Campus Dietitian Teaches Students How to Make Healthier Choices
Sara Asberry, UT Dallas' registered dietitian, answers questions after a recent presentation on healthy eating.
College students often make healthy eating more complicated than it needs to be, says Sara Asberry, UT Dallas’ new registered dietitian in the Student Wellness Center.
Students are willing to try the latest trends, from using protein shakes to grow muscle, to avoiding dairy or soy products out of concern they may be harmful. It all ends up being more expensive than regular food items, and can even be unhealthy, Asberry said.
“Students are so plugged in technologically, yet they have a lot of misinformation about trendy diets and foods. They overcomplicate eating well. It’s all about moderation,” she said.
Since arriving on campus last fall, Asberry has been on a mission to educate students about developing good nutritional habits. That includes helping them avoid accumulating “the freshman 15,” a weight gain often associated with the first year of college.
She said it’s not surprising that college students often pick up bad eating habits: It’s their first opportunity to feed themselves, their schedules are erratic, they spend more time sitting and studying, and their physical activity is less structured than it was in high school.
Throw in an all-you-can-eat meal plan and it’s not uncommon for extra pounds to creep up.
“Research shows an average of 2,500 calories are consumed every time someone goes to a buffet,” Asberry said. “The nice thing about the UT Dallas dining hall is they prepare a lot from scratch. That doesn’t happen everywhere.”
“Body image is so important, even for the guys. They want that great physique with lots of muscle, and it’s amazing the extent they’ll go to do that. I want to empower them with tools to increase their longevity and improve their quality of life.”
Even students who are health-conscious can overdo it, she said.
“Body image is so important, even for the guys. They want that great physique with lots of muscle, and it’s amazing the extent they’ll go to do that,” Asberry said. “I want to empower them with tools to increase their longevity and improve their quality of life.”
Asberry’s passion for nutrition began during her senior year of high school, when her sister asked her to be one of her bridesmaids. She restricted her food and worked out, but learned to do it in a healthy way.
Nutrition courses at Texas A&M University taught her further, and she realized she wanted to share what she was learning.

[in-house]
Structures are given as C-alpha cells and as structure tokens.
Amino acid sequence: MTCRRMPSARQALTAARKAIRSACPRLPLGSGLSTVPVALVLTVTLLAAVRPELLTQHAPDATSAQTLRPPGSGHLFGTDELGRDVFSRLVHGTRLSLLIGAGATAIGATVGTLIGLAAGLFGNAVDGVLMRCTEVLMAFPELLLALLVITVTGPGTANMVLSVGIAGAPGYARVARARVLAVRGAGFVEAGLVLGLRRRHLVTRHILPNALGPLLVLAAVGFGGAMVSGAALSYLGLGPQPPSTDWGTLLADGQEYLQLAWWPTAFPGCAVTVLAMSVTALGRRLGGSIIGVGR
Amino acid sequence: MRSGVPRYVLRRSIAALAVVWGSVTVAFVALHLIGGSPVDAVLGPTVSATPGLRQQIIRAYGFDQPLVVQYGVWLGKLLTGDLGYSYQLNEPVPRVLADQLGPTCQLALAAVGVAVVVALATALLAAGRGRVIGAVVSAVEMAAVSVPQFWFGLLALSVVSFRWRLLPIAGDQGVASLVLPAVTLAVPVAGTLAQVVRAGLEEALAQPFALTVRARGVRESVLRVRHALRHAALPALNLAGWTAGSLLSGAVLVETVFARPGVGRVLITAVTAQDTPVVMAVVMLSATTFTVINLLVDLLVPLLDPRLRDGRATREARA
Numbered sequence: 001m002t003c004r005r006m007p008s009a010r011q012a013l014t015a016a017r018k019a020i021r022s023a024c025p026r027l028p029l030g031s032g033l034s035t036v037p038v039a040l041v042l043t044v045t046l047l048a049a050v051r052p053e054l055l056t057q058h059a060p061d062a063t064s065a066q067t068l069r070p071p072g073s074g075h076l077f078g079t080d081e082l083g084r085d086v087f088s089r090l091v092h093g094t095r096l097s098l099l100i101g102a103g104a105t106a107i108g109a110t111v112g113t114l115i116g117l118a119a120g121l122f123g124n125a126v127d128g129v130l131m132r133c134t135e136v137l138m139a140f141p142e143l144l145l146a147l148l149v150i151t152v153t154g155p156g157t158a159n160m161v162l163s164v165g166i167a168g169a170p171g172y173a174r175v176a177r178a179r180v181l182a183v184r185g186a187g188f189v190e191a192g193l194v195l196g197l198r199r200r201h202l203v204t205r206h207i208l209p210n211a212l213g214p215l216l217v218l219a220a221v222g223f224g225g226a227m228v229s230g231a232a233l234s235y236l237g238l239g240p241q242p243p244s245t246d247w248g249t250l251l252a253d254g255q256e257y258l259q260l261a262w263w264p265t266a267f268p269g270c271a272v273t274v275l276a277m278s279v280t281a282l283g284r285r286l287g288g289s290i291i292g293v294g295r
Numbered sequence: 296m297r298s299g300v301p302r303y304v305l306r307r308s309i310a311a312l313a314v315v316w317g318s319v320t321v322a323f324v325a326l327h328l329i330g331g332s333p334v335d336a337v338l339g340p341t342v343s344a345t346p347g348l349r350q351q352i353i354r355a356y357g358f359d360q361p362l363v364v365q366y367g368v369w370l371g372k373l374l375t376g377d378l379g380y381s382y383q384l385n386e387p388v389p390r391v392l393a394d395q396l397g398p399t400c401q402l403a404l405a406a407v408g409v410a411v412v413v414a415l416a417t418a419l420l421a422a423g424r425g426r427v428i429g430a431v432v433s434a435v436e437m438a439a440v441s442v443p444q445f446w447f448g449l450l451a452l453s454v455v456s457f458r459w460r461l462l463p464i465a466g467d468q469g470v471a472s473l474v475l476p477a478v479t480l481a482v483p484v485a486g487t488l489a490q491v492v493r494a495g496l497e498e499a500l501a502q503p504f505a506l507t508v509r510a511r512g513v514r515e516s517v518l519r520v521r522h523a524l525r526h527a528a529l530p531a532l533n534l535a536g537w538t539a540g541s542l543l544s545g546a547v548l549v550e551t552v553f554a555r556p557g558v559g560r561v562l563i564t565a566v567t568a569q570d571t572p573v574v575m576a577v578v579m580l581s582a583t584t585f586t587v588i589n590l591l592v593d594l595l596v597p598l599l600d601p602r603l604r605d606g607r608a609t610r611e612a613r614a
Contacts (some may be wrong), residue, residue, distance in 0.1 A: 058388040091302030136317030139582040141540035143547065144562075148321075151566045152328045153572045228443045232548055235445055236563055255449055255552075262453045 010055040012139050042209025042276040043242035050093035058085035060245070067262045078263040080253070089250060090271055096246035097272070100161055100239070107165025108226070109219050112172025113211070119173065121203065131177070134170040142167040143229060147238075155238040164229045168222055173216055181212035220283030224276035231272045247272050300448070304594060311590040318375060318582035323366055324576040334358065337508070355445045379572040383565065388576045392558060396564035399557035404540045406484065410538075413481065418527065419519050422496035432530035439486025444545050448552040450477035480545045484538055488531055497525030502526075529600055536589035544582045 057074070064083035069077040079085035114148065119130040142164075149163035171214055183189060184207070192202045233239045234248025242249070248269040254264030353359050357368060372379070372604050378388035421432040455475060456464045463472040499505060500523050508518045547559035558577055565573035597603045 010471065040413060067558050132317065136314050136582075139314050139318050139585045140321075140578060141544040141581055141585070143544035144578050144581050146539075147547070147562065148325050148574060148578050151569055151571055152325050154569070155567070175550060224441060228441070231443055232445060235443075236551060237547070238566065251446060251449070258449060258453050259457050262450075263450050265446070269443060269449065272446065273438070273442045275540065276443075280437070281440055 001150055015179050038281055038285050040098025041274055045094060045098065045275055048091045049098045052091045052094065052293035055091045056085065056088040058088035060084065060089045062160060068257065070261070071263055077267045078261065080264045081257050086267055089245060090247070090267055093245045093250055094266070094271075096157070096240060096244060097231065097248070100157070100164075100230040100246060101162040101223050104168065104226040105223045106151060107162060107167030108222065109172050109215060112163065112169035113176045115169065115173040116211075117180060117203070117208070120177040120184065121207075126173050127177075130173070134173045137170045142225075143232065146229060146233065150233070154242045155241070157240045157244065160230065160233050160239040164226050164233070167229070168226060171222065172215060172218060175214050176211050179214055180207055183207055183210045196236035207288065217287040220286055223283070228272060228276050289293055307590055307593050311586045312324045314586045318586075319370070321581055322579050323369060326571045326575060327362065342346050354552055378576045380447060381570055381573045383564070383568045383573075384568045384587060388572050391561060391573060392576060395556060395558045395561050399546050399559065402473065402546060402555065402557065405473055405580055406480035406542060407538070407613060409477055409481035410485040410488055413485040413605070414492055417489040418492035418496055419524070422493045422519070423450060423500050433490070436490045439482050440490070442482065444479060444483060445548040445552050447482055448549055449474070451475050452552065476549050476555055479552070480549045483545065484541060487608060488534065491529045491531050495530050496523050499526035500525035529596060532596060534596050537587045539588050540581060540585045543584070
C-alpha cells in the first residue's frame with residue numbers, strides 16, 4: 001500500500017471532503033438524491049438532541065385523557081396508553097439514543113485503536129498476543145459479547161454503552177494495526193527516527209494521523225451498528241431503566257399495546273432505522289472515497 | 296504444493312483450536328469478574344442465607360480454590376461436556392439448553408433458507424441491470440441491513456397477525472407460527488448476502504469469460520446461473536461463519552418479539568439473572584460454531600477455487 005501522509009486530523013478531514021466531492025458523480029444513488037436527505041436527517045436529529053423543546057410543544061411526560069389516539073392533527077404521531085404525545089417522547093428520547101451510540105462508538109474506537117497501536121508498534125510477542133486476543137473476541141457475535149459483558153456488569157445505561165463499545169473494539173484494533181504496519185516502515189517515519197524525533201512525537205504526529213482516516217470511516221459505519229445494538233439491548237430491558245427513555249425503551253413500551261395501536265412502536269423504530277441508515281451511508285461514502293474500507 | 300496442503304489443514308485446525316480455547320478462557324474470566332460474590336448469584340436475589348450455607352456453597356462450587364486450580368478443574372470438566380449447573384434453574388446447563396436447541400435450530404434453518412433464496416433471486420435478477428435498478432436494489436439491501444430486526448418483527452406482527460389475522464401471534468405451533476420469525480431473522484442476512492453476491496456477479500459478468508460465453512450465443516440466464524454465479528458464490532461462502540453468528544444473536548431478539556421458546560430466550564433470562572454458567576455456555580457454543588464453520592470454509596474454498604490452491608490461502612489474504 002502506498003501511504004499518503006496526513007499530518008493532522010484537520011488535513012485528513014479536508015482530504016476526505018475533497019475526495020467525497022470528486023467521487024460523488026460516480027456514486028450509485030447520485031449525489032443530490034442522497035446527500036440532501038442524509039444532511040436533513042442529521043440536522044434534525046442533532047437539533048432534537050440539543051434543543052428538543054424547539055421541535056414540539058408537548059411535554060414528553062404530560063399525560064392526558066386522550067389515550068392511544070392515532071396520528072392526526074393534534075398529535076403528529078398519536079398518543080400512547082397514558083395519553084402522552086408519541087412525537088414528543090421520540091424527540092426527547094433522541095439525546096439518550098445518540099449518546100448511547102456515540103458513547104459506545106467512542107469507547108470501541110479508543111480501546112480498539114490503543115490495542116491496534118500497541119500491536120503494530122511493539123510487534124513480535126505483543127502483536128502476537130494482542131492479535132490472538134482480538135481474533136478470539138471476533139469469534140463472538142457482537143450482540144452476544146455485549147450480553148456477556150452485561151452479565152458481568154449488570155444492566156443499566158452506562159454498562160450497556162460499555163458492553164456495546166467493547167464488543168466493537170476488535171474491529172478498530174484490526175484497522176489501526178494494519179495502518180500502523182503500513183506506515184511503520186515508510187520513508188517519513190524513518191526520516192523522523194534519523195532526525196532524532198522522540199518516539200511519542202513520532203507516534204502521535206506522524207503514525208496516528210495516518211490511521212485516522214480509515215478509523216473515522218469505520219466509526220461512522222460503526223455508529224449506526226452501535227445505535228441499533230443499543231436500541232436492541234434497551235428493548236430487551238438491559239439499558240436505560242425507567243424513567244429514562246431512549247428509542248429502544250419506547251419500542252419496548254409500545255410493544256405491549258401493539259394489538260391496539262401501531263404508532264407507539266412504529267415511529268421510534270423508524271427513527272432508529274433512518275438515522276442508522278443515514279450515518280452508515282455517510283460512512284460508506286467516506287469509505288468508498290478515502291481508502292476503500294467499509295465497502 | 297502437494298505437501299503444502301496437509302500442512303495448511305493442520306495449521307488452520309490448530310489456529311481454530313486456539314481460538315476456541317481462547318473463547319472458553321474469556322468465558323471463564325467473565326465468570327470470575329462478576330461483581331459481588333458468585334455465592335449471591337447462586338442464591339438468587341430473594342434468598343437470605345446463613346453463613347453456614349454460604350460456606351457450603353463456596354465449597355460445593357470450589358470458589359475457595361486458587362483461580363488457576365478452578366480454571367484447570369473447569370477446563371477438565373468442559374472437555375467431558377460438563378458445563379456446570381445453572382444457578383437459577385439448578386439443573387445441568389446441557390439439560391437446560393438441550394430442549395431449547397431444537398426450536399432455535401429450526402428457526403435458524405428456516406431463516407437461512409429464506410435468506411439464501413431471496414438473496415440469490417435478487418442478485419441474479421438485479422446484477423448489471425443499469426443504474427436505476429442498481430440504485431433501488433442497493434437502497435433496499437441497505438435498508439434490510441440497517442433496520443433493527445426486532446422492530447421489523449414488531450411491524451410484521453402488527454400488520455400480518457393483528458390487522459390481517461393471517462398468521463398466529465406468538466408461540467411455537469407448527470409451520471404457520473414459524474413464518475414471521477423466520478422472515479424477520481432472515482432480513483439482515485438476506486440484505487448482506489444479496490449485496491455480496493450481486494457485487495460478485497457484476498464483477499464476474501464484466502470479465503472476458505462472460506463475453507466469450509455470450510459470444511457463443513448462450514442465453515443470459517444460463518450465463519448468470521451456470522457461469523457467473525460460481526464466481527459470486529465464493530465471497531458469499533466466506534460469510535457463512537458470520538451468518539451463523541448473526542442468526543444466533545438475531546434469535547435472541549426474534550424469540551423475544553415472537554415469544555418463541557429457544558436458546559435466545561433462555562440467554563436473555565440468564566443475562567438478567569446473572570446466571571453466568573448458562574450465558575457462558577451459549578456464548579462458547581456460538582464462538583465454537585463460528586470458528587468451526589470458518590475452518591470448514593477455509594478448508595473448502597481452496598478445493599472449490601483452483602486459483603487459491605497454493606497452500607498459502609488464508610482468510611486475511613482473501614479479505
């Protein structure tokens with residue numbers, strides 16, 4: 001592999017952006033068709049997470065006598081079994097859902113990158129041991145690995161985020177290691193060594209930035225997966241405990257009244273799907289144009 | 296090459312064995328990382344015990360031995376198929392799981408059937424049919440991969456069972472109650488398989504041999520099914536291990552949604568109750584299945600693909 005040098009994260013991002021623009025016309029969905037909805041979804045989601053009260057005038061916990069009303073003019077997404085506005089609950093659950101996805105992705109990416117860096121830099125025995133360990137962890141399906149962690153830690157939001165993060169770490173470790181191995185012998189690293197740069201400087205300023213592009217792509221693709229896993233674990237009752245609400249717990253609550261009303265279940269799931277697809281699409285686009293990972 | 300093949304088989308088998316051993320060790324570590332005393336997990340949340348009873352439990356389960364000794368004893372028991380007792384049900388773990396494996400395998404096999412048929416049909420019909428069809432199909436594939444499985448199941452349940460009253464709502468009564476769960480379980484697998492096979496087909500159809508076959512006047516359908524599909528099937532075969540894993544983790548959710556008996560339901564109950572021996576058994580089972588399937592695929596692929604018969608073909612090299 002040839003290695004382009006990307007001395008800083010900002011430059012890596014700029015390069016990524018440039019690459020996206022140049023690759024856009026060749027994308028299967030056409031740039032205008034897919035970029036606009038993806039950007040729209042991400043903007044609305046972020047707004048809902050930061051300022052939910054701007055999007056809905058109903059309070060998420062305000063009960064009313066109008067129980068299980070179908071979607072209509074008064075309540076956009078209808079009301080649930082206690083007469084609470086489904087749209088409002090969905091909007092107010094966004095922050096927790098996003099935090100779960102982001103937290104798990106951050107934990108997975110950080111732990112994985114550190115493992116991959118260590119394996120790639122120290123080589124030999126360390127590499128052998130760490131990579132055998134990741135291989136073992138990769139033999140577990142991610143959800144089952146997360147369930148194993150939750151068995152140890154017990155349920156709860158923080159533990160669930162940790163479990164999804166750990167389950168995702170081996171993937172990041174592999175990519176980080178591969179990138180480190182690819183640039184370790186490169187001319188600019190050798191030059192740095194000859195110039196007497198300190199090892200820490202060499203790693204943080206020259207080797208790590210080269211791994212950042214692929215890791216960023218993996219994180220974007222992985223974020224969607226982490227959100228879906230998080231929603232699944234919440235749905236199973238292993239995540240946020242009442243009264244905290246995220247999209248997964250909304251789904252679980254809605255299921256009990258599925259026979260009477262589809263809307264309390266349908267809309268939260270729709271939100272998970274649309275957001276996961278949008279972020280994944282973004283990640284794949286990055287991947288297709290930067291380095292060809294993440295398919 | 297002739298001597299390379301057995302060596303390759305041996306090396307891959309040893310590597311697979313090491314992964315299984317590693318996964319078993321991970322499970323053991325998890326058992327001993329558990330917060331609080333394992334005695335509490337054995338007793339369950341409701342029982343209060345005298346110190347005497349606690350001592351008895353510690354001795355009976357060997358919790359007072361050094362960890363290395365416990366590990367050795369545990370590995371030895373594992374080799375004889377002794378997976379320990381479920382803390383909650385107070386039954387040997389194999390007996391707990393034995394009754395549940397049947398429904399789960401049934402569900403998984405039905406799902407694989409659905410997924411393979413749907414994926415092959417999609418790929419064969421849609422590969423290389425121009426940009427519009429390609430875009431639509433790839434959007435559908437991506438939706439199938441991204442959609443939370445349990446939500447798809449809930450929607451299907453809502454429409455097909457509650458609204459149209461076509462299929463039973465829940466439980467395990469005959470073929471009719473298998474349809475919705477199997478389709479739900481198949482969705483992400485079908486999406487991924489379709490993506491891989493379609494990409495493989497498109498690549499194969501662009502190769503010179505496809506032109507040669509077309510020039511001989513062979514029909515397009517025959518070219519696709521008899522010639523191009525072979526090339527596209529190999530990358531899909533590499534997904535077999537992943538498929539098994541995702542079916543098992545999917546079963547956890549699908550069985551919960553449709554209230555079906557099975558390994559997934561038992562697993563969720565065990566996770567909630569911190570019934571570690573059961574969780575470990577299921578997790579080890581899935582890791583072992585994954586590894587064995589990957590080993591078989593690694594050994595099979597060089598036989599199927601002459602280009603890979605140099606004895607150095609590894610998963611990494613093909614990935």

Armed with a bachelor’s degree in nutrition from A&M, Asberry completed an internship at the University of the Incarnate Word in San Antonio. She then worked with kindergarten through 12th-grade students in the Denton Independent School District before coming to UT Dallas.
Asberry is working on two master’s degrees at Texas Woman’s University: in food systems administration and an MBA.
Besides counseling individual students on nutrition, body image issues and weight loss, Asberry also does presentations for campus groups such as the athletics program, the International Center and Greek organizations.
She’s also developed campuswide initiatives to help Comets make healthy nutritional choices.
Asberry reviews the menu in Dining Hall West each week and recommends food items with the best nutritional value in five categories: proteins, fruit, vegetables, starches and dairy. She works with UT Dallas’ Dining Services to color-code healthy Comet Choice items.
“It’s important to put things in the right categories. Beans are actually a protein, and some veggies are more of a starch. I want students to understand how their plate should look,” she said.
In January, she launched “Slimdown Showdown” with the Activity Center, a six-week program of cooking demonstrations and weekly challenges she describes as “New Year’s resolutions-meet-friendly competition.”
Asberry also takes students on grocery store tours to help them make wise food purchases. She tells them: Stay on the perimeter of the store for the healthiest choices. Always read labels and check the serving size. Compare prices. Avoid trans fat and added sugar and salt.
“The longer the list on labels, the more you don’t know what you’re eating. Your body is a machine, and you need to fuel it properly,” Asberry said.
While healthy nutrition may not be as exciting as the latest workout regimen, Asberry said it’s more important in the long run. Weight loss, for instance, is only 20 percent about exercise and 80 percent dependent on diet, she said.
“Nutrition doesn’t get the respect it deserves, but it can affect 95 percent of all our diseases: diabetes, heart disease, cancer. Food is very powerful,” Asberry said.
“If you don’t take time for nutrition now, later in life you will have to make time for illness. Improving your nutrition won’t give you immediate gratification, but someday you’ll see major benefits.”
Media Contact: The Office of Media Relations, UT Dallas, (972) 883-2155, [email protected].